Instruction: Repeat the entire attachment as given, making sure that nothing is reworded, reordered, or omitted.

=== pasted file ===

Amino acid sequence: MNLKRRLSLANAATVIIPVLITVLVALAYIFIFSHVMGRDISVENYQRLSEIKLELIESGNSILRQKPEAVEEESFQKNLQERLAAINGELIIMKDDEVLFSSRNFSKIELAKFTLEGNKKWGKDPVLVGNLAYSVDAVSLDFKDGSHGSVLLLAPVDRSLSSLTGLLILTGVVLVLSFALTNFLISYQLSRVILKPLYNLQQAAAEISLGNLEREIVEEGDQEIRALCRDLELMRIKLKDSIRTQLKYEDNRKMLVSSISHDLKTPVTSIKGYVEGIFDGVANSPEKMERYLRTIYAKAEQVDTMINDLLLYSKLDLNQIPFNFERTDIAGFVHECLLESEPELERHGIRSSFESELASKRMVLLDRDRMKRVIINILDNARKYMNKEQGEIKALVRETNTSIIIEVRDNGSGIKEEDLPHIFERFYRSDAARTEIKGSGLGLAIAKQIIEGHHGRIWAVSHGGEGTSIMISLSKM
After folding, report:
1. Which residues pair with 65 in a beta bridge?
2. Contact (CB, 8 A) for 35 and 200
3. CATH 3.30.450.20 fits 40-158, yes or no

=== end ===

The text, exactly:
Amino acid sequence: MNLKRRLSLANAATVIIPVLITVLVALAYIFIFSHVMGRDISVENYQRLSEIKLELIESGNSILRQKPEAVEEESFQKNLQERLAAINGELIIMKDDEVLFSSRNFSKIELAKFTLEGNKKWGKDPVLVGNLAYSVDAVSLDFKDGSHGSVLLLAPVDRSLSSLTGLLILTGVVLVLSFALTNFLISYQLSRVILKPLYNLQQAAAEISLGNLEREIVEEGDQEIRALCRDLELMRIKLKDSIRTQLKYEDNRKMLVSSISHDLKTPVTSIKGYVEGIFDGVANSPEKMERYLRTIYAKAEQVDTMINDLLLYSKLDLNQIPFNFERTDIAGFVHECLLESEPELERHGIRSSFESELASKRMVLLDRDRMKRVIINILDNARKYMNKEQGEIKALVRETNTSIIIEVRDNGSGIKEEDLPHIFERFYRSDAARTEIKGSGLGLAIAKQIIEGHHGRIWAVSHGGEGTSIMISLSKM
After folding, report:
1. Which residues pair with 65 in a beta bridge?
2. Contact (CB, 8 A) for 35 and 200
3. CATH 3.30.450.20 fits 40-158, yes or no